Prosody Definitions (Rhyme, Meter, Metrical Foot/Rhythm)

eye rhyme
A similarity between words in spelling but not pronunciation

feminine rhyme (double rhyme)
A rhyme between stressed syllables followed by one or more unstressed syllables

masculine rhyme
A rhyme of final stressed syllables

internal rhyme
A rhyme involving a word in the middle of a line and another at the end of the line or in the middle of the next line

rhyme scheme
The ordered pattern of rhymes at the ends of the lines of a poem or verse

monometer
a line of verse consisting of one metrical foot

Dimeter
Dimeter

Trimeter
A line of verse consisting of three metrical feet

Tetrameter
contains four iambs in each line

Pentameter
contains five iambs in each line

Hexameter
a line of verse consisting of six metrical feet

Heptameter
a line of verse consisting of seven metrical feet

Octameter
a line of verse consisting of eight metrical feet

Iamb (iambic)
a metrical foot consisting of one short(unstressed) syllable followed by one long(stressed) syllable

Trochee (trochaic)
a foot consisting of one long or stressed syllable followed by one short or unstressed syllable..

Pyrrhus (pyrrhic)
A metrical foot of two short or unaccented syllables

Dactyl (dactylic)
a metrical foot consisting of one stressed syllable followed by two unstressed syllables or (in Greek and Latin) one long syllable followed by two short syllables.

Anapest (anapestic)
a metrical foot consisting of two short or unstressed syllables followed by one long or stressed syllable.

Spondee (spondaic)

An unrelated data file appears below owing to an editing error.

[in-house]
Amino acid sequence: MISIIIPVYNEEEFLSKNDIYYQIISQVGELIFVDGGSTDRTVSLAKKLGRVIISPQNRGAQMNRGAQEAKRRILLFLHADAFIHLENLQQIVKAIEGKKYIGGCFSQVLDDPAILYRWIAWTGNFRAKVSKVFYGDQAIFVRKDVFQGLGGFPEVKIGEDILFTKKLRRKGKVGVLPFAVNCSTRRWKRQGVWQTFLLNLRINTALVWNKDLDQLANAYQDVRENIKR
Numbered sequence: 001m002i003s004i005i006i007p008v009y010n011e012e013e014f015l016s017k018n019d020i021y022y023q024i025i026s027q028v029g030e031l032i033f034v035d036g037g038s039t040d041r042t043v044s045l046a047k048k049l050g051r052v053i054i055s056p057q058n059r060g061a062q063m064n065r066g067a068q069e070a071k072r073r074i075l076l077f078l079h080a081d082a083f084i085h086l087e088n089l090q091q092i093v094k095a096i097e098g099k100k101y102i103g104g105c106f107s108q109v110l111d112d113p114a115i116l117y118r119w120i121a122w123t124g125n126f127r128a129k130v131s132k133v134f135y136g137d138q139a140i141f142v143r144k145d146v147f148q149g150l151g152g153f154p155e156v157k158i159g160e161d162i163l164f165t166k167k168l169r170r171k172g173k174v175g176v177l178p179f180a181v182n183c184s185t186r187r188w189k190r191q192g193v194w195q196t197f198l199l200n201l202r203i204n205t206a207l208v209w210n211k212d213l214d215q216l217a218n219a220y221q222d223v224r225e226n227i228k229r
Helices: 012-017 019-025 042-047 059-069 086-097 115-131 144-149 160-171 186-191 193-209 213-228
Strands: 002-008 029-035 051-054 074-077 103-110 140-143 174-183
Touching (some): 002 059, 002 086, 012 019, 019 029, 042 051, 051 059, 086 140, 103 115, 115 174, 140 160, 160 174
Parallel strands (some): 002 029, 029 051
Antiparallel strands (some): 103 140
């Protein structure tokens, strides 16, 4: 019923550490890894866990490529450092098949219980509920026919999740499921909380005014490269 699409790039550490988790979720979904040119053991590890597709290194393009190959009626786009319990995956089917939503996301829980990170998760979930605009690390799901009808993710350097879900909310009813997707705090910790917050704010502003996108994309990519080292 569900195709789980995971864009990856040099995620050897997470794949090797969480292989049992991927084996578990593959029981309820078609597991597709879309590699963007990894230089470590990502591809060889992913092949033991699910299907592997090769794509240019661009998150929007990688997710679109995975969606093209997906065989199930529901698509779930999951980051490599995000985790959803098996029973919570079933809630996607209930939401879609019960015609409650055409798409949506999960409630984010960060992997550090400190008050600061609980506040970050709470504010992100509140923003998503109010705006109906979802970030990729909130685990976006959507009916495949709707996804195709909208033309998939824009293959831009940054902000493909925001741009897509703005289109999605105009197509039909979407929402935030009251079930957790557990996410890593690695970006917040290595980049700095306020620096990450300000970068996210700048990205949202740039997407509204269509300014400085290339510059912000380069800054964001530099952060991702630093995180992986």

a foot consisting of two long (or stressed) syllables.

Scansion
to divide the poetry or a poetic form into feet by pointing out different syllables based on their lengths

Elision
The removal of an unstressed syllable, consonants, or letters from a word or phrase to decrease the number of letters or syllables in order to mix words together and replaced with an apostrophe

Syneresis
the contraction of two vowels into a diphthong or single vowel

Syncope
The contraction or the shortening of a word by omitting sounds, syllables or letters from the middle of the word

Acephalous
lacking a syllable or syllables in the first foot; does not have a head

Caesura
pauses come from natural rhythm of your speech.

End-stopped
a pause comes at the end of a sentence, clause or phrase; this pause can be expressed in writing as a punctuation mark such as a colon, semi-colon, period or full stop.

Enjambment
moving over from one line to another without a terminating punctuation mark.A phrase or clause in a line of poetry that does not come to an end at the line break but moves over to the next line.

Ellipsis
used in narratives to omit some parts of a sentence or event to give the reader a chance to fill the gaps

Repetition
repeats the same words or phrases a few times to make an idea clearer.

Aposiopesis
The speaker or writer breaks off abruptly and leaves the statement incomplete

Parallelism
a sentence that are grammatically the same; or similar in their construction, sound, meaning

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